If you’re a regular listener of our monthly podcast (and if not, why not?), you’ll be aware of the fact that one of the games that dominated our time throughout the first half of this year was actually one that was released in September of 2012, and the reason for the fact that its relevance was prolonged for almost a year is arguably the most consistently brilliant stream of downloadable content packs ever released for a single title. Sure, Skyrim had a couple of absolutely mammoth expansion packs that sat alongside the main game wonderfully well, but Gearbox’s support of Borderlands 2 since its launch has been nothing short of excellent in both the consistency of its quality and the consistency of its release. With four beefy expansions, alongside two new character classes, new weapons, an extended level cap and plenty of other goodies, it’s one of the few occasions whereby setting down the cash for a season pass represents practically no gamble whatsoever. Of course, with so much downloadable content added to what was already a significant main game, it seemed inevitable by the time the second and third pieces were released that a collated package would soon become available, and Gearbox have obliged with the release of the Borderlands 2 Game of the Year Edition.
Whilst I would be among the many who may dispute the nature of this collection’s title, what it amounts to in terms of content cannot be questioned. There’s no discount on offer here in terms of paying the full standard retail price of £39.99, but when you consider the bang for your buck on offer here there’s little reason to complain if you’ve been waiting for the perfect opportunity to sample what Pandora has to offer this time round, and seeing as that most, if not all, of those interested in purchasing this version of the game will be those who have yet to experience the game at all, this review will be sure to encompass all of the content that the Borderlands 2 GOTY Edition has to offer.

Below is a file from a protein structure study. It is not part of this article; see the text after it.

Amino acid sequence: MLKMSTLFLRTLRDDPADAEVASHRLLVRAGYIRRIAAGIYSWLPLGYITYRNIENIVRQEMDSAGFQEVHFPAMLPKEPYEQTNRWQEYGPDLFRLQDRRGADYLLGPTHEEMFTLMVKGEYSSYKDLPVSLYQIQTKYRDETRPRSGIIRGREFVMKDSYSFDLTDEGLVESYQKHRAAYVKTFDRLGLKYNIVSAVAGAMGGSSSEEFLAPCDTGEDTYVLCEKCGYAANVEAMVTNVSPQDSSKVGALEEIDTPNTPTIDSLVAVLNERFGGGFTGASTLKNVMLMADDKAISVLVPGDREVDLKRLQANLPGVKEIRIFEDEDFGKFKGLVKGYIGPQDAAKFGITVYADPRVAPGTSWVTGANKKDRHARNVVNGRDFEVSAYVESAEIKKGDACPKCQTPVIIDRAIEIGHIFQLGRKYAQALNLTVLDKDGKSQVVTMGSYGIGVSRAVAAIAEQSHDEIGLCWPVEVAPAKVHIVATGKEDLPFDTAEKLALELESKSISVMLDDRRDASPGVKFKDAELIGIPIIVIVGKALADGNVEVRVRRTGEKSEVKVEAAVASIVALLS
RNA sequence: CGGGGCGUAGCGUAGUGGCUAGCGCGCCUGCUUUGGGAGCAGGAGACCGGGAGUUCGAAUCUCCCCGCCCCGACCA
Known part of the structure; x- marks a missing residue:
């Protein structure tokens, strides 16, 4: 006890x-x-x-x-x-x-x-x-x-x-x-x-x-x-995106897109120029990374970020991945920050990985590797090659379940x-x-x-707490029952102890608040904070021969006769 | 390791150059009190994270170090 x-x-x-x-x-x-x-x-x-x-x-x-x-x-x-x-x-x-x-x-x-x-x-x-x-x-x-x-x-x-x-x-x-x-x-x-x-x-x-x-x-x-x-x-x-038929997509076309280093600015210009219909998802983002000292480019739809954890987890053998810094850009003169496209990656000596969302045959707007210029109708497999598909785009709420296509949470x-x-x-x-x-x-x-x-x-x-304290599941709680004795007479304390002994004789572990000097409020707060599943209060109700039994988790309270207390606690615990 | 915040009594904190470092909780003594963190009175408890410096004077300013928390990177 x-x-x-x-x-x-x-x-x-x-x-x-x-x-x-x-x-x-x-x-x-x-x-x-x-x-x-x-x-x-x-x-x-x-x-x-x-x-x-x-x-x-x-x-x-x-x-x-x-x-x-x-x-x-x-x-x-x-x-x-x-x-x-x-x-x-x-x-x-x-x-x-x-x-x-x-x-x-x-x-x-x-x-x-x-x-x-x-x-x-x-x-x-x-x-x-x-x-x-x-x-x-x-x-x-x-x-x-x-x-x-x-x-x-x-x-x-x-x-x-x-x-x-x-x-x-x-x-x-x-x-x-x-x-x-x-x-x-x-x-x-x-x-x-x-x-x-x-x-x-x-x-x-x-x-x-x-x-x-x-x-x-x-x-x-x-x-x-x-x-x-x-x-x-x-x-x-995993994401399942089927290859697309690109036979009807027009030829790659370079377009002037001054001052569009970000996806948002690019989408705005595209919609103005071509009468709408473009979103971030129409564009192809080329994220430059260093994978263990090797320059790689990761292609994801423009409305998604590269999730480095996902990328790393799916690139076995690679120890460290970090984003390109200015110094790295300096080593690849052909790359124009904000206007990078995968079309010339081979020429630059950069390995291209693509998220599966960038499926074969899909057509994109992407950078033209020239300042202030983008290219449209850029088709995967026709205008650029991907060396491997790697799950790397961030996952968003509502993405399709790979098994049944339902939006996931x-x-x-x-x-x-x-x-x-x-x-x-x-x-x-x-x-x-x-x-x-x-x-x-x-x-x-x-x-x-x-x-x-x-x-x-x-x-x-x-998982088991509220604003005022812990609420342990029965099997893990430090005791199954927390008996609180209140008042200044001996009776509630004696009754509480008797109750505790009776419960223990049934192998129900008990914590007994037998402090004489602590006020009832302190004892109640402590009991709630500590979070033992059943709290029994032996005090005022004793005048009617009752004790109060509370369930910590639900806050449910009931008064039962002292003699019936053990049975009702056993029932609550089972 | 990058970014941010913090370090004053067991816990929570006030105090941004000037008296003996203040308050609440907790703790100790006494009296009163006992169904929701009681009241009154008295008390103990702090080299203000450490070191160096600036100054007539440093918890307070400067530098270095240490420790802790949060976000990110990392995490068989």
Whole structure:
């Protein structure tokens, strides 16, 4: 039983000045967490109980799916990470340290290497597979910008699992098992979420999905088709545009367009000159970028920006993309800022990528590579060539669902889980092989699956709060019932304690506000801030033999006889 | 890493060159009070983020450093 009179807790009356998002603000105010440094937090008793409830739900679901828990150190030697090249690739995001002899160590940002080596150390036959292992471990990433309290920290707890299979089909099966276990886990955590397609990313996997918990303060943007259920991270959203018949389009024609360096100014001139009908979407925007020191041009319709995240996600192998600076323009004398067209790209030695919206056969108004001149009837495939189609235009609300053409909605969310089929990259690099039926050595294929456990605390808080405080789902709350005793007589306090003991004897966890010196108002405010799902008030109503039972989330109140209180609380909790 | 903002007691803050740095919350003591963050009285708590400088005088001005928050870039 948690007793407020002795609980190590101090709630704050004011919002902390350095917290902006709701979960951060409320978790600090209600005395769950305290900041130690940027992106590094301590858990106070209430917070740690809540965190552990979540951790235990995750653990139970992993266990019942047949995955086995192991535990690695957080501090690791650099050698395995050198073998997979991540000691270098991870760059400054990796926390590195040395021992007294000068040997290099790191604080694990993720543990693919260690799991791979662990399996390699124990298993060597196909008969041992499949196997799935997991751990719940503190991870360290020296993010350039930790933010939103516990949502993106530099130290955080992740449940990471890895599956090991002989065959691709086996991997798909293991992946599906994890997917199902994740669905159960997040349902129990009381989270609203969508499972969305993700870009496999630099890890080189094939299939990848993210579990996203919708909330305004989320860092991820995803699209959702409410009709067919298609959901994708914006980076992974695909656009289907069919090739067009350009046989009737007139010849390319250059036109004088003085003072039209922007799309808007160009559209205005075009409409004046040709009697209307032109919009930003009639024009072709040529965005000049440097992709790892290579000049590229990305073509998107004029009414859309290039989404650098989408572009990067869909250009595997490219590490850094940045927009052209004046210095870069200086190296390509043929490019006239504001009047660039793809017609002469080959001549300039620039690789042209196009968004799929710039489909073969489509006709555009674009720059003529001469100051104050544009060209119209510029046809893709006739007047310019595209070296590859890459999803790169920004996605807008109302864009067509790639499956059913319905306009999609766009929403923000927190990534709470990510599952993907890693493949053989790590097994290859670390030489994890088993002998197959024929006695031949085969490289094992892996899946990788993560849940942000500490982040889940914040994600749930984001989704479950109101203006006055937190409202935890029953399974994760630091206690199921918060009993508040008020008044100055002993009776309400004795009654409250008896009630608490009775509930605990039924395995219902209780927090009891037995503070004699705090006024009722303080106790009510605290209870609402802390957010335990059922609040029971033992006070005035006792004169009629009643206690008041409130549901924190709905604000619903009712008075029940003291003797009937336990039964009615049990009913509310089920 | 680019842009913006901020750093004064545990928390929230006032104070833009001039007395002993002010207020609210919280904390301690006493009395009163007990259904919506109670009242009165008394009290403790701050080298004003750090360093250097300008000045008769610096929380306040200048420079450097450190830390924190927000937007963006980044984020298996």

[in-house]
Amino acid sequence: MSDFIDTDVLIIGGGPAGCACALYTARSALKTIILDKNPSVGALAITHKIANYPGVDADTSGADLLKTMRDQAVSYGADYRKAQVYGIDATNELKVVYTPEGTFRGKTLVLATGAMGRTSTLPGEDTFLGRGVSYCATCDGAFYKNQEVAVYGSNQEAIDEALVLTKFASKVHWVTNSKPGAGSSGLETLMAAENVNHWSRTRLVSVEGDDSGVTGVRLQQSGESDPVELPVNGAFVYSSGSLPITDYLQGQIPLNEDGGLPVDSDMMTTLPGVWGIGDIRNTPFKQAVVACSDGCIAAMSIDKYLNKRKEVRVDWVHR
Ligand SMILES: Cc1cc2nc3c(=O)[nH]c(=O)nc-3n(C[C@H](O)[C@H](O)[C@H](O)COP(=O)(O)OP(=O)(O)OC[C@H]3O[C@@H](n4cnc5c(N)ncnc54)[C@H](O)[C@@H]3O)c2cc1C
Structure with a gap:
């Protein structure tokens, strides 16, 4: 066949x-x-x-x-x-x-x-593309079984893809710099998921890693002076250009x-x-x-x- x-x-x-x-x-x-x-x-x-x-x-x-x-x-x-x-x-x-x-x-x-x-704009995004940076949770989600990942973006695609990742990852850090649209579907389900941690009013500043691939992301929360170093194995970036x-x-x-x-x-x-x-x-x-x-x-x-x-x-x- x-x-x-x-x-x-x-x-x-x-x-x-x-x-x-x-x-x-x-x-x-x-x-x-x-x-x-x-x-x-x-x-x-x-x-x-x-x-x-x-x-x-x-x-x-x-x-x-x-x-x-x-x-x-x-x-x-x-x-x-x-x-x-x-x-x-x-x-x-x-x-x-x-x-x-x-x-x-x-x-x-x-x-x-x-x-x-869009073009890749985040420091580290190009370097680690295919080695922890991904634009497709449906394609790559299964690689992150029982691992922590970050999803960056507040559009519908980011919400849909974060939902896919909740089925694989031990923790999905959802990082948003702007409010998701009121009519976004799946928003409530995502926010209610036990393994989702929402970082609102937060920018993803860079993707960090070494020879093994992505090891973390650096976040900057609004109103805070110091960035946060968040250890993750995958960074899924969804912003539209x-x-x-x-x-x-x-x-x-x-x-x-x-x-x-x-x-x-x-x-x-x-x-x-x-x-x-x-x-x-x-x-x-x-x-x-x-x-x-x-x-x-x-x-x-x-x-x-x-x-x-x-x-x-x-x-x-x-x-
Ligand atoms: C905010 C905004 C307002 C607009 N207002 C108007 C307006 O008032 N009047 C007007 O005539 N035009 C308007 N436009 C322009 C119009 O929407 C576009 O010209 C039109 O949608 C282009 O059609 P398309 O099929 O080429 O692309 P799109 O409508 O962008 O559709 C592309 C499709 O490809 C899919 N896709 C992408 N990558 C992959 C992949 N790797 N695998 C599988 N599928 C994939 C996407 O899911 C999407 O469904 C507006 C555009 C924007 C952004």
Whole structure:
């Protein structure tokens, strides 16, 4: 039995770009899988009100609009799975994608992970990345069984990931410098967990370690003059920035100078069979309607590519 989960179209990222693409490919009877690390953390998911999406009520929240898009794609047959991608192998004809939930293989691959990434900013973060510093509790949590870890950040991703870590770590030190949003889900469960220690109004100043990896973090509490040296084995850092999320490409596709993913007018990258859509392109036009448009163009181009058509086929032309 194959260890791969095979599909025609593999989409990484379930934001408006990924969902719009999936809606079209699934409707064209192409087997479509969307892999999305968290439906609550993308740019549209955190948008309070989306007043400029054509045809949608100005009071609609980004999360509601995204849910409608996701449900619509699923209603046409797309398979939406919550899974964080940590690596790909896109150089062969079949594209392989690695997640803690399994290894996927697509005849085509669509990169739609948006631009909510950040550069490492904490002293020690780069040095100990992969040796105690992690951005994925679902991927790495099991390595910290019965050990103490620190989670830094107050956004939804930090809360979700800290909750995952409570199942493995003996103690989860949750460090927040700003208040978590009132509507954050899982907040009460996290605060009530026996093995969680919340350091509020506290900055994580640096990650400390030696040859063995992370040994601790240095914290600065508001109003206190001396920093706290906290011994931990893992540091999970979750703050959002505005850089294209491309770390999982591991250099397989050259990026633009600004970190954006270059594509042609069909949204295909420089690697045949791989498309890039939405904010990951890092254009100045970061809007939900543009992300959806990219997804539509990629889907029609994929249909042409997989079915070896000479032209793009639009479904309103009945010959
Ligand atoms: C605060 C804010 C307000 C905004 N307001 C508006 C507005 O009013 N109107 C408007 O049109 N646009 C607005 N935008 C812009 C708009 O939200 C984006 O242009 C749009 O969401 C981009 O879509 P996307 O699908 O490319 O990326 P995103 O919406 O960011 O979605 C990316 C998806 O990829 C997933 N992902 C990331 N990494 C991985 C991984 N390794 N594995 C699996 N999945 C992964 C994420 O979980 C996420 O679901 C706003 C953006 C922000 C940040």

So, I guess we’d better get started, this could end up being almost as long as the game itself.
No matter how much you may want to just get cracking on investigating Captain Scarlett’s Pirate Booty (steady) as soon as you boot up the game, anyone playing Borderlands 2 for the first time will have to jump into the main game first, which is no bad thing at all. Right from the off it’s clear that everything you loved about the original game is here, but it’s all on a much grander scale, whilst still managing to feel tighter and more refined, mainly due to better writing and a more engaging central story. Whilst the first game was fueled by the somewhat vague and not particularly interesting search for a vault filled with the promise of fantastical loot and valuables, the sequel actually tries its hand at delivering a proper antagonist and a far more significant cast of ensemble characters of both the new and familiar variety.
Handsome Jack is the antagonist I speak of, a villain who, like the vast majority of the characters in the Borderlands universe, can’t help but be endearing despite the assortment of outdated internet references and crude teenage humor that dominates the vast majority of the dialogue. You come into play because Jack is what stands between you and the discovery of the last great vault of Pandora, and you’ll have to defeat him and his army of Hyperion forces if you want to sample its delights. It’s as simple as it gets in terms of a narrative concept, but it’s admirable in its attempts to feel more grandiose than its predecessor, and there are a few genuinely memorable story beats along the way, and you will likely be shocked at, despite the goofy writing, just how evil Gearbox are willing to make your primary foe.
Of course the concept of who you are in Borderlands 2 is decided on by, well, you. The mission to defeat Handsome Jack to me was just another quest line, one that was strewn across my mission log alongside countless other quests of equal relevance because they all promised new guns and some mighty fine experience points. Weapons and experience points represent the very beating heart of the Borderlands experience, with you deciding upon the body that surrounds it by choosing just how you want to equip your character, spend your skill points and, rather importantly, pick which class you want to play. Those who played the first game will be forced to remove all ties to their original character, as the sequel relegates the likes of Lilith and Brick to the roles of non-playable story figures, with an entirely new cast to choose from for your questing this time out.